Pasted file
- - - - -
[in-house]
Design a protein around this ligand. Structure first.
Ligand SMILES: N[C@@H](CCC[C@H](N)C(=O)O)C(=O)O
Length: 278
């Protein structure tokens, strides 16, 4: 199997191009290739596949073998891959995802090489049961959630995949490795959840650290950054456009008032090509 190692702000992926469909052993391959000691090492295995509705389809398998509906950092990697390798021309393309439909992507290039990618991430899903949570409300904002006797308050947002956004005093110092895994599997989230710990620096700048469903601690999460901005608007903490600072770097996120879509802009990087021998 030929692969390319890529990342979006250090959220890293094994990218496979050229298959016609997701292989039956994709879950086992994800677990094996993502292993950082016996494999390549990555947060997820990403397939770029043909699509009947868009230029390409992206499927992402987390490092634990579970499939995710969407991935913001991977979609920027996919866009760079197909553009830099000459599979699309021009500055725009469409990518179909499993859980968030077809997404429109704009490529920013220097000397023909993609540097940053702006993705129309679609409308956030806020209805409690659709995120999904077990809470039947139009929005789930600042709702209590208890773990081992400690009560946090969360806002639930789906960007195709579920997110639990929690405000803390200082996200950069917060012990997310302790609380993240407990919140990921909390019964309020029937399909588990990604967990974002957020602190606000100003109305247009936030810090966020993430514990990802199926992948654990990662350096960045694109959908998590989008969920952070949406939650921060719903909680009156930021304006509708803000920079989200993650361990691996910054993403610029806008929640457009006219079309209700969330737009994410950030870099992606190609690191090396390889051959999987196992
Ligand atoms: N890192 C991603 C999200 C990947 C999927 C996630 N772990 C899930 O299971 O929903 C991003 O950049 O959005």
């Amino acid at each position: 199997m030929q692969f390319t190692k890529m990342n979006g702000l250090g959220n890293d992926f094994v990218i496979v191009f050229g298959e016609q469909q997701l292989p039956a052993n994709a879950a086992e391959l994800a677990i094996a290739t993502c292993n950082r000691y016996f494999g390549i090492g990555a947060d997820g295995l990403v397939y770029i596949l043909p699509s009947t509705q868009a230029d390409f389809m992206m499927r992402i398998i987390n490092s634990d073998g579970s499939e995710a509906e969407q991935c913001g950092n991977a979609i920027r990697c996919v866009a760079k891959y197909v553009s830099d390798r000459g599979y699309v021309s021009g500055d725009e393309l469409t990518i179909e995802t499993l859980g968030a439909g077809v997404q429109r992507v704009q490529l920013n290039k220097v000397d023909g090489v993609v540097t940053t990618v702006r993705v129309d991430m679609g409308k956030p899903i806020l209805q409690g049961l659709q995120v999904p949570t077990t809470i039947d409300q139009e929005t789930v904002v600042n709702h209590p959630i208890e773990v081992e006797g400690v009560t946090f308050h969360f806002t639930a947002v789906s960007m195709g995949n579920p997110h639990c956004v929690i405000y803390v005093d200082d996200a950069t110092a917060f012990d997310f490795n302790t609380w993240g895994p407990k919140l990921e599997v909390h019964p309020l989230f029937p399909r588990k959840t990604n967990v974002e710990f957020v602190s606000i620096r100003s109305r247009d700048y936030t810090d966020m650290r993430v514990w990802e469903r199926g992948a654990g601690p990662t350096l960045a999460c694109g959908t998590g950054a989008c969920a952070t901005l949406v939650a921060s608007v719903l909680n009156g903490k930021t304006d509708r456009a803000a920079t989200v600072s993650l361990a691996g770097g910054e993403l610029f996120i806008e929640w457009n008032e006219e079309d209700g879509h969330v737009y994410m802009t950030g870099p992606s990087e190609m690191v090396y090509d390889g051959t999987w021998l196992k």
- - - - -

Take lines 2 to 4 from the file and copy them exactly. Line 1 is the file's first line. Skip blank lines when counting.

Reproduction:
Design a protein around this ligand. Structure first.
Ligand SMILES: N[C@@H](CCC[C@H](N)C(=O)O)C(=O)O
Length: 278